Medical Simulation

There is a lot of discussion at the University of Saskatchewan about the use of medical simulation in health science education. To understand the decisions being made in this area, you need to understand that there are four distinct categories of simulation:
1. Physical Simulators
2. Human Manipulated Physical Simulators
3. Virtual Simulators
4. Virtual Environment Simulators

Physical Simulators

Physical simulators are reusable mannequins that students practise skills on such as physical examinations, injections and other invasive treatments. Using this type of simulator provides initial practice when willing patients are in short supply or when practise could be invasive, unpleasant or painful to patients. Once the student has developed an acceptable level of skill, they complete their learning with human patients. Below you can see some examples of physical simulators manufactured by Kyoto Kagaku Co. Ltd., which were recently displayed at the university.
Simulations 001.jpg
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Human Manipulated Physical Simulators

A more sophisticated level of simulator is a full body mannequin that can be manipulated by a human operator located behind a two-way mirror. This type of simulator can answer questions, raise limbs as well as be examined/draped/treated. This provides students with a more holistic simulation in which they role-play interactions with the patient. The draw back here is a high initial cost as well as an ongoing expense of an operator.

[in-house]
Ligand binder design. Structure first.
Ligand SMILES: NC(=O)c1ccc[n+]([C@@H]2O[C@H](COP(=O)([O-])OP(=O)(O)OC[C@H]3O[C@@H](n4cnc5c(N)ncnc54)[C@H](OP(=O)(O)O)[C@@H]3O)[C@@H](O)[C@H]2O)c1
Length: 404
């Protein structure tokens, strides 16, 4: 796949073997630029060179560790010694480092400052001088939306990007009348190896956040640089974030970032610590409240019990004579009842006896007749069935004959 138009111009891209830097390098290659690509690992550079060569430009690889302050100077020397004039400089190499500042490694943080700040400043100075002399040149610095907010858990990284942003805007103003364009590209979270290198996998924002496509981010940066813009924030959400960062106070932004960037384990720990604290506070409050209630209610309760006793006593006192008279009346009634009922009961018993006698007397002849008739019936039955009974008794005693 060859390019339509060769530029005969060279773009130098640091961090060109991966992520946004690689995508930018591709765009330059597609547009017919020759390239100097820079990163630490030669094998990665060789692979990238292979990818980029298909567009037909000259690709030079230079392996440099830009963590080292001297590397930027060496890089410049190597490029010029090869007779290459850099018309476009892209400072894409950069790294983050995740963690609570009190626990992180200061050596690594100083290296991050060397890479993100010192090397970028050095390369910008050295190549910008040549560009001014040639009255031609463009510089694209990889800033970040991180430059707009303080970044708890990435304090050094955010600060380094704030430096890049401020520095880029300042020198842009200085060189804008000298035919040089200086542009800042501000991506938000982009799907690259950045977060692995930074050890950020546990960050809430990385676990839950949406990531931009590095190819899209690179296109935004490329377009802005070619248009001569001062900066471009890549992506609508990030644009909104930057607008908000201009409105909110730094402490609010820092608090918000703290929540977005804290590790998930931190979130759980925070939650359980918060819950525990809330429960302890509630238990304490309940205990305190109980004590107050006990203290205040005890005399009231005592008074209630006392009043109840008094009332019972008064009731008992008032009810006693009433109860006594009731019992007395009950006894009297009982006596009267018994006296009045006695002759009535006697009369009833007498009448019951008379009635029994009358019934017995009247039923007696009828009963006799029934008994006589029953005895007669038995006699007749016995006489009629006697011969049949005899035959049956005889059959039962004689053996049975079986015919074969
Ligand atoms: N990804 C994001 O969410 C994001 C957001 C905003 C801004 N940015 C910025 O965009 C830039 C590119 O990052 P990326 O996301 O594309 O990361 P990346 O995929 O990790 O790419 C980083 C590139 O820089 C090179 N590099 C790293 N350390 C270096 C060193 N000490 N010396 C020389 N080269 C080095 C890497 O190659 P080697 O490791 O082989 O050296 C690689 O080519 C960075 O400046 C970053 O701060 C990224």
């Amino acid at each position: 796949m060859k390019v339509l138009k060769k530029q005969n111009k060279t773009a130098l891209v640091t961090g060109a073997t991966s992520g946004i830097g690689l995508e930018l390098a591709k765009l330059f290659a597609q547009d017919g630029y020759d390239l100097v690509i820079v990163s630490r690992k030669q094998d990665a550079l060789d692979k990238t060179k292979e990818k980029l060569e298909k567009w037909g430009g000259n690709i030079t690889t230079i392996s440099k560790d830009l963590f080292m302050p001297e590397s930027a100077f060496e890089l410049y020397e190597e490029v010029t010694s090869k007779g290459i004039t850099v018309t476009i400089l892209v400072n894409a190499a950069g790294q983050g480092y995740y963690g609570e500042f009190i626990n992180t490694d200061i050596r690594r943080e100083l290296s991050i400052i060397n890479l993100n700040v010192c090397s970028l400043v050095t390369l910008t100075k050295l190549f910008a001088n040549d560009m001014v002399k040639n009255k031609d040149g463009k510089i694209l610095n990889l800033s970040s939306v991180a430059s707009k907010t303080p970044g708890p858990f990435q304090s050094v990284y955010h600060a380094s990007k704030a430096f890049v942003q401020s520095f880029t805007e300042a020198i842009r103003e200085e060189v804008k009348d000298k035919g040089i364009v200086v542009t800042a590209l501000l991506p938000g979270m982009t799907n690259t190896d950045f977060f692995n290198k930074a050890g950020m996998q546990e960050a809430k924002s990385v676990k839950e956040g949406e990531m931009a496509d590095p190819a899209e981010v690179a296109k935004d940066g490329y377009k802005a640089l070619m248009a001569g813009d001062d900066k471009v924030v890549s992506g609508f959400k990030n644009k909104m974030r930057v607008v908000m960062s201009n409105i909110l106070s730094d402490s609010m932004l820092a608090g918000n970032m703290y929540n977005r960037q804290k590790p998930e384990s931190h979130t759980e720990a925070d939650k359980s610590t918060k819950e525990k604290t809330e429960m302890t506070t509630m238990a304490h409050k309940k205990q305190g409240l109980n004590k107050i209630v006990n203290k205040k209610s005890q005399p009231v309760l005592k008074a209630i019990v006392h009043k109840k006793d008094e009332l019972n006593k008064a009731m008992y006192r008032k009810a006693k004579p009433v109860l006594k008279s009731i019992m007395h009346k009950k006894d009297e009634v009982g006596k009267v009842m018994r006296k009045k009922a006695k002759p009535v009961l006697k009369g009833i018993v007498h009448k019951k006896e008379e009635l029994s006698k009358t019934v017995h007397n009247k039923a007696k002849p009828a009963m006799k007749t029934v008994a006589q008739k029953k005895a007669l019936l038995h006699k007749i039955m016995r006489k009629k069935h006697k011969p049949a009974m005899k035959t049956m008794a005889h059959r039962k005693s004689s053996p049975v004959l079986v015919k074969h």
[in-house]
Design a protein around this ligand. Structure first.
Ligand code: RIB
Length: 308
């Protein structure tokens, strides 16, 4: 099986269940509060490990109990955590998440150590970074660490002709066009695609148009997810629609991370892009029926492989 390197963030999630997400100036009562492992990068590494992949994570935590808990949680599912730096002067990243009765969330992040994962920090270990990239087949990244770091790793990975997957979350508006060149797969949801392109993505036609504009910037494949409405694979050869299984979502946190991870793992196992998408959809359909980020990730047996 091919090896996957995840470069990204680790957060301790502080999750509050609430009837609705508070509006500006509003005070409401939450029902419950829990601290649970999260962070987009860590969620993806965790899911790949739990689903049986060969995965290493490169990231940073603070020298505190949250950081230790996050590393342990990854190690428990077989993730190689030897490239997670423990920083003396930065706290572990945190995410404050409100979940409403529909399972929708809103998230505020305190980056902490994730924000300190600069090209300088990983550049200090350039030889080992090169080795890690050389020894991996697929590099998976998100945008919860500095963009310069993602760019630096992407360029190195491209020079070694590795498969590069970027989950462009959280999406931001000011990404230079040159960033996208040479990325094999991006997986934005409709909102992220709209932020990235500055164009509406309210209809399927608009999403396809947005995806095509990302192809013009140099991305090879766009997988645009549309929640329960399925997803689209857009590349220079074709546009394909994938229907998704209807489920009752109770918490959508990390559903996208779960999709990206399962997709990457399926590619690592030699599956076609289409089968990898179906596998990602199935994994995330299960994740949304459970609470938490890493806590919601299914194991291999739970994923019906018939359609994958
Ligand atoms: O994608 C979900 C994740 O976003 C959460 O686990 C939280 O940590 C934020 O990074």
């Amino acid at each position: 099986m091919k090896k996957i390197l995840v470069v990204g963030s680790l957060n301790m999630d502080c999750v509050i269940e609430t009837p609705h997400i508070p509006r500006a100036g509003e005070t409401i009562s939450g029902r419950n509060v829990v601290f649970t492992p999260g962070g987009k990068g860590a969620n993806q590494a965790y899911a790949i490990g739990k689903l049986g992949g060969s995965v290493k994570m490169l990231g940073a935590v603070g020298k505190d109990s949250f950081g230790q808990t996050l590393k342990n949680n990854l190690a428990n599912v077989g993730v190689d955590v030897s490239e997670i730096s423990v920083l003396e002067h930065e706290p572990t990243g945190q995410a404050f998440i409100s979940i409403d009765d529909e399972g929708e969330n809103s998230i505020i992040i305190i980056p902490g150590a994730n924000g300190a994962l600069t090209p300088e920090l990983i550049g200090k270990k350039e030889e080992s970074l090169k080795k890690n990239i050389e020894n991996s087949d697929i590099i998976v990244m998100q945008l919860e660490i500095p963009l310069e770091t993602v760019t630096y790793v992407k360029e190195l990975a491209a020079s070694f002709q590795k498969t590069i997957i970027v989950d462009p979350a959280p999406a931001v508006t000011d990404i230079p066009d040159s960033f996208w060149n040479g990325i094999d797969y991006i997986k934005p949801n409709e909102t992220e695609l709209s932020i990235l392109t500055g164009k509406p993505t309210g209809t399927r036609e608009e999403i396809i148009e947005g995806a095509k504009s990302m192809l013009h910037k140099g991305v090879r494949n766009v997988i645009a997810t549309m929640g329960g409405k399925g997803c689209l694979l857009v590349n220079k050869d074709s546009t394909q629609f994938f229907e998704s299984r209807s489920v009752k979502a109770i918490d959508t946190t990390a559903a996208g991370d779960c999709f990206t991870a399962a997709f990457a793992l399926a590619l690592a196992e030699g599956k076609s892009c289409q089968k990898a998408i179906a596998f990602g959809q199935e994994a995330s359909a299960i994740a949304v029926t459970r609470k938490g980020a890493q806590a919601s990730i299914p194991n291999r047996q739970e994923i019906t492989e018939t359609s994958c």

Virtual Simulators

Virtual Simulators use 3D animation to teach parts of the body (Guide to a Healthy Heart) or to teach steps in a procedure (Sim Praxis video )
Costs to create these simulations can be very high, therefore, they are often purchased as CD’s with a textbook or accessed through sponsored online sites. See also The Visible Human

Virtual Environment Simulators

The Virtual Environment Simulators are computer-based medical scenarios that usually include a 3D model of a location, equipment, personnel and patients that students enter with an Avatar. They work well for “What if?” case studies such as disaster training, pandemic planning, problem solving and modeling of unusual diagnosis that students might not encounter in their clinical experience. Costs of initial production can be lowered by using already existing virtual worlds such as Second Life, a virtual world with a higher population than the prairies. Cost per student is frequently minimal.
The video below demonstrates how science is being taught in Second Life.

For more information, see:

Medical Modeling & Simulation
A Typology of Simulators for Medical Education
Clinical Skills Training in a Skills Lab Compared with Skills Training in Internships: Comparison of Skills Development Curricula
Emergency Medicine and Patient Simulation:Opportunities for Teaching, Evaluation, and Scholarship
Ethics Involved in Simulation-based Medical Planning
The Use of Simulation in Emergency Medicine: A Research Agenda